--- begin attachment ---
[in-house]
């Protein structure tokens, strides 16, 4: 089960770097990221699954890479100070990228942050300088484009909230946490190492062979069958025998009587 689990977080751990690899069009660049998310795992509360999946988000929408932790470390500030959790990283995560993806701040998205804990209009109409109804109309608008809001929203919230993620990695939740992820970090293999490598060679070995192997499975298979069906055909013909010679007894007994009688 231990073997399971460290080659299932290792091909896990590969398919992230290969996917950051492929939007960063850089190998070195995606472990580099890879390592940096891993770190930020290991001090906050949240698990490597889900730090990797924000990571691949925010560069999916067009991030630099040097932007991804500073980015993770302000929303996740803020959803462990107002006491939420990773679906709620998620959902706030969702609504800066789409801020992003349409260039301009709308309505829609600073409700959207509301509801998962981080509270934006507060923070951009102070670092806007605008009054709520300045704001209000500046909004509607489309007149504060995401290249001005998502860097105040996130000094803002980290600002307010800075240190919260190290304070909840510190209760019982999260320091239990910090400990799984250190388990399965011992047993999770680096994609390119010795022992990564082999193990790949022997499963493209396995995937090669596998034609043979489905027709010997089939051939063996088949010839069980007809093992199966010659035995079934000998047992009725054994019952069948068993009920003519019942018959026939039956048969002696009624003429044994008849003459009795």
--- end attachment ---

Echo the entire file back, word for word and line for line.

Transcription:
[in-house]
């Protein structure tokens, strides 16, 4: 089960770097990221699954890479100070990228942050300088484009909230946490190492062979069958025998009587 689990977080751990690899069009660049998310795992509360999946988000929408932790470390500030959790990283995560993806701040998205804990209009109409109804109309608008809001929203919230993620990695939740992820970090293999490598060679070995192997499975298979069906055909013909010679007894007994009688 231990073997399971460290080659299932290792091909896990590969398919992230290969996917950051492929939007960063850089190998070195995606472990580099890879390592940096891993770190930020290991001090906050949240698990490597889900730090990797924000990571691949925010560069999916067009991030630099040097932007991804500073980015993770302000929303996740803020959803462990107002006491939420990773679906709620998620959902706030969702609504800066789409801020992003349409260039301009709308309505829609600073409700959207509301509801998962981080509270934006507060923070951009102070670092806007605008009054709520300045704001209000500046909004509607489309007149504060995401290249001005998502860097105040996130000094803002980290600002307010800075240190919260190290304070909840510190209760019982999260320091239990910090400990799984250190388990399965011992047993999770680096994609390119010795022992990564082999193990790949022997499963493209396995995937090669596998034609043979489905027709010997089939051939063996088949010839069980007809093992199966010659035995079934000998047992009725054994019952069948068993009920003519019942018959026939039956048969002696009624003429044994008849003459009795």